During the initial feasibility outreach stage for an antihypertensive project, we focused feasibility work on sites within African American communities because of the high disease prevalence and knowledge of patient difficulties with travelling for healthcare. Because of this insight, we placed the majority of the study centers in local neighborhood institutions rather than the larger academic-oriented institutions. As a result, the study was able to recruit quicker, provide greater community knowledge of research, and add to available treatment options for this population.

Aixial Group places high importance on partnerships with Patient Advocacy Groups (PAG) and local disease support groups. This can aid in educating the desired patient population while empowering local investigators and research personnel to act as study advocates in their local communities. This link (investigators as study advocates) has shown to be a powerful tool for helping patients feel comfortable with participating in research. This can also serve as a medium for building relationships between study investigators and local primary care physicians for clinical trial education.

Aixial Group is specialized in this and is continuously building and delivering strategies that factor in the social determinants of health that create or participate to the level of these differences on behalf of our Sponsors.

A Pragmatic Approach and Building Trust Leads to a Successful Trial
We continue to implement various methods to remain patient centric, which leads to an increase in enrollment, study participation, and more robust data for the Sponsor’s study. Here are a few ways we make a difference:

  • Providing decentralized options such as eConsent, ePROs, home nursing or telehealth, local lab draws to accommodate patient needs in different ways
  • Flexible trial visit or assessment schedules
  • Patient and/or caregiver concierge support
  • Developing companion information for families and caregivers
  • Involving patient advocates in recruitment material and informed consent development and review
  • Translating trial information and recruitment materials into different languages and/or lay summaries to reach broader audiences
  • Ensuring patients can easily understand the informed consent by making it available in their native language or in a validated lay language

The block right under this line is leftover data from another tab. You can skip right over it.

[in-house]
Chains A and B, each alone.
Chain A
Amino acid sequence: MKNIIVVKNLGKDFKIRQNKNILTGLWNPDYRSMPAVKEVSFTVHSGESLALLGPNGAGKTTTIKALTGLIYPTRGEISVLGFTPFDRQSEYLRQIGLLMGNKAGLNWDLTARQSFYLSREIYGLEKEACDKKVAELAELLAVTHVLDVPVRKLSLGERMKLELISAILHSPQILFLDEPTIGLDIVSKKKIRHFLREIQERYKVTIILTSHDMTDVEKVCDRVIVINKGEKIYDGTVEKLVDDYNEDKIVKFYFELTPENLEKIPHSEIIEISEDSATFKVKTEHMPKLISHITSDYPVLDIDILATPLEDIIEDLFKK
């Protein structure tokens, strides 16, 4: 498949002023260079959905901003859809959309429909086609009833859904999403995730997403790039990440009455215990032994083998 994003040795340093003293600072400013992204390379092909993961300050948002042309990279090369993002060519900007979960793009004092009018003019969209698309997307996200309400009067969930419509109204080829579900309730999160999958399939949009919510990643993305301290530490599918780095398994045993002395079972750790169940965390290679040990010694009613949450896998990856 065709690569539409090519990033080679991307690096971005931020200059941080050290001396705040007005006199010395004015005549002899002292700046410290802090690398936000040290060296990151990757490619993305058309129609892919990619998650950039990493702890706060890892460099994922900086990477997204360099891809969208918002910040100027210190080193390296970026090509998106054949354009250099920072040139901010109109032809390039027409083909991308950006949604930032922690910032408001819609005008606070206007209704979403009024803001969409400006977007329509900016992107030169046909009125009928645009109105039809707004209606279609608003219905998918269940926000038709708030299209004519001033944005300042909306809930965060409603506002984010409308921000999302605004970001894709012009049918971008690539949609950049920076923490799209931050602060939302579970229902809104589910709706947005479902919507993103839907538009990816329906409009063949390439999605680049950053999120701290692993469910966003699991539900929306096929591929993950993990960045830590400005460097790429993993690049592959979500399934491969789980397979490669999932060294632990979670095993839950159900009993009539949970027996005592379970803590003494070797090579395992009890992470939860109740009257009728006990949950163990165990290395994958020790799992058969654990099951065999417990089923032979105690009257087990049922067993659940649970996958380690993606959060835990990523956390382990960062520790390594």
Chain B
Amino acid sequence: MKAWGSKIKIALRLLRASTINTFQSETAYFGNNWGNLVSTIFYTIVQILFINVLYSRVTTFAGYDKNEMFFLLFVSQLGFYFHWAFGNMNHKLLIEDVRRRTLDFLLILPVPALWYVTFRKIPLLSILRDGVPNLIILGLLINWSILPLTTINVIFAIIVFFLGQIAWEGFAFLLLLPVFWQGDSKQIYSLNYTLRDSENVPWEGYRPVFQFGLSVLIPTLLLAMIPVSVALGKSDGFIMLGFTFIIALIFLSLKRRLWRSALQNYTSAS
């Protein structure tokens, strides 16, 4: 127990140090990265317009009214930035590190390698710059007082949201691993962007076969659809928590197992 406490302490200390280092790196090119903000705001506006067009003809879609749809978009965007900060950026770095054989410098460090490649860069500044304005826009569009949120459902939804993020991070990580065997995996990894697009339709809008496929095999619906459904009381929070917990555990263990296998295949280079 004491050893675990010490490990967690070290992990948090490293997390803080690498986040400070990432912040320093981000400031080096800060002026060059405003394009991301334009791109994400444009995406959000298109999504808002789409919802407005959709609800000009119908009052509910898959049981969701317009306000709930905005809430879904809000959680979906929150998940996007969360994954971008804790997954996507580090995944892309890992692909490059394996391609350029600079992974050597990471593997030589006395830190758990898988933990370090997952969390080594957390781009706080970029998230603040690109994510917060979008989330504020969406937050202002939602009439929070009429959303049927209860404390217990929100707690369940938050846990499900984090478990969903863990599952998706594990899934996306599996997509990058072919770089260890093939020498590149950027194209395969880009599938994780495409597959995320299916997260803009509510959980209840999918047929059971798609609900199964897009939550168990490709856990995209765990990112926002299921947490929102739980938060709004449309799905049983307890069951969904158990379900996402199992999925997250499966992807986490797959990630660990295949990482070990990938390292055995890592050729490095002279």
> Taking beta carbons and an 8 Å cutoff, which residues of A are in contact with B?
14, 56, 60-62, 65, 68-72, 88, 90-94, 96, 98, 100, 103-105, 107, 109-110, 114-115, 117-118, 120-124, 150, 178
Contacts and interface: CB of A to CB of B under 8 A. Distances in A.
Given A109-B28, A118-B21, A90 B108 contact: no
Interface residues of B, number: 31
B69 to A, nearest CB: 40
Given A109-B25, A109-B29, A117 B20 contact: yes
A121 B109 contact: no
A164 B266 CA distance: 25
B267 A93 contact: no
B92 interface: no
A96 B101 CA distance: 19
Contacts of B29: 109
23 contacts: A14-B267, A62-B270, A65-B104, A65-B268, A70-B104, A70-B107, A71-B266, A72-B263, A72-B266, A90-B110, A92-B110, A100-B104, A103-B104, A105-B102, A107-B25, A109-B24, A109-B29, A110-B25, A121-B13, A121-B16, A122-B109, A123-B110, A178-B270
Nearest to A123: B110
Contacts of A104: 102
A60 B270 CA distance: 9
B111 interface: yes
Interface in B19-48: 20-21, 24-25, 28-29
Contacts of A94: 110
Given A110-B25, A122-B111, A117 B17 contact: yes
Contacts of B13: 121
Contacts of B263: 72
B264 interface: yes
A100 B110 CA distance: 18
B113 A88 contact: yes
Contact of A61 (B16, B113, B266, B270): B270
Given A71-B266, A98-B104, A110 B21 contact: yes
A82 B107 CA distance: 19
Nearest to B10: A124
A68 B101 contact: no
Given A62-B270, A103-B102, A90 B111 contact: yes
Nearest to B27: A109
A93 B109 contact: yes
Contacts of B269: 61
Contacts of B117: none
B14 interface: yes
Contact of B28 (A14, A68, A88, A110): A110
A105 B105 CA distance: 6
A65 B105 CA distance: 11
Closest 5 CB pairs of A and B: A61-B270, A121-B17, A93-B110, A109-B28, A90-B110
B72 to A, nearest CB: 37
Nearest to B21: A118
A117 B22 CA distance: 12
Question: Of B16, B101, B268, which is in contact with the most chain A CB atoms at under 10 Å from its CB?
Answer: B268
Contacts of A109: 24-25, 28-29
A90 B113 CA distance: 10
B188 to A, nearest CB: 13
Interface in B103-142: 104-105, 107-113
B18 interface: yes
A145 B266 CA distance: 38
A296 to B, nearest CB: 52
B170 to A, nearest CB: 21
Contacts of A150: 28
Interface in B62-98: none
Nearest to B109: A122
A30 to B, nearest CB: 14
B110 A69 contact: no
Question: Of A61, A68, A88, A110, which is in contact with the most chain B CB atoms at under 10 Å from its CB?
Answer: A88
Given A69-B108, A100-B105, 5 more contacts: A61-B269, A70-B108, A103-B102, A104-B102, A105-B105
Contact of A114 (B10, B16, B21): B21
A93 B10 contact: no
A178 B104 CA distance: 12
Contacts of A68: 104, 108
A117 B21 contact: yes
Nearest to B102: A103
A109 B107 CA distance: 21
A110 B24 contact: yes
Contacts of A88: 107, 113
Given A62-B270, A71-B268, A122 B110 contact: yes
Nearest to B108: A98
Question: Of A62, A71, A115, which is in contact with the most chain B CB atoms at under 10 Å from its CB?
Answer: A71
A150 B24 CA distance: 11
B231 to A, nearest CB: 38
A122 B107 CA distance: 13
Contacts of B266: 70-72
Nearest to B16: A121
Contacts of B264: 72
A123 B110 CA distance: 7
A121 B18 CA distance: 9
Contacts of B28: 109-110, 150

• Developing surveys to gather feedback on protocol design and patient-friendly operational logistics. This can lead to an improved, more accepted protocol by the patients and therefore an increased enrollment
  • Applying genetic, environmental, and lifestyle information to the trials design including selection or recommendations on investigational treatments, selection of trial sites, assay development, etc.

In Conclusion
Involving patients early in the process has shown to have an increase in their trust in the study, a boost in recruitment, and overall protocol adherence. On the study side, incorporating patient perspectives can also help us understand the lived experience of a condition which contributes to results that are more meaningful to patients and that significantly support the creation of new treatments that are better suited to their needs.

Our approach to patient centricity is pragmatic, inclusive, and proven to be a great benefit to Sponsors. We pride ourselves on our commitment to understanding patient populations and will continue our focus of looking after and caring about the right partners: patients, research sites, PAGs, and Sponsors. With their trust in hand, our work in clinical trials will continue to be successful.

Reach out to us today to discuss an approach that fits your needs. Our services have a global reach with trials operating in over 30 countries across more than 10 therapeutic areas focusing on oncology, cell & gene therapy, and rare diseases in all phases of clinical development.

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1Medicines and Healthcare products Regulatory Agency (MHRA), Opportunities for patients and the public to be involved in the work of the MHRA, Guidance, 2020.
2Food and Drug Administration, FDA Patient-Focused Drug Development Guidance Series for Enhancing the Incorporation of the Patient’s Voice in Medical Product Development and Regulatory Decision Making. Consulted on 21 July 2022.
3European Medicine Agency, Patients and Consumers. Consulted on 21 July 2022.
4International Council for Harmonization of Technical Requirements for Pharmaceuticals for Human Use. General Considerations for Clinical Studies (ICH E8 (R1), 2021.
5Lubkeman, M Lee, G Barrios, What Do Patients Want, and Is Pharma Delivering?, 2020.
6The Economist Intelligence Unit, The Innovation Imperative: The Future of Drug Development Part I: Research Methods and Findings, 2019.
7American Cancer Society. Cancer Facts & Figures for African American/Black People 2022-2024. Atlanta: American Cancer Society, 2022.
8American Cancer Society. Cancer Facts & Figures for Hispanic/Latino People 2021-2023. Atlanta: American Cancer Society, Inc. 2021.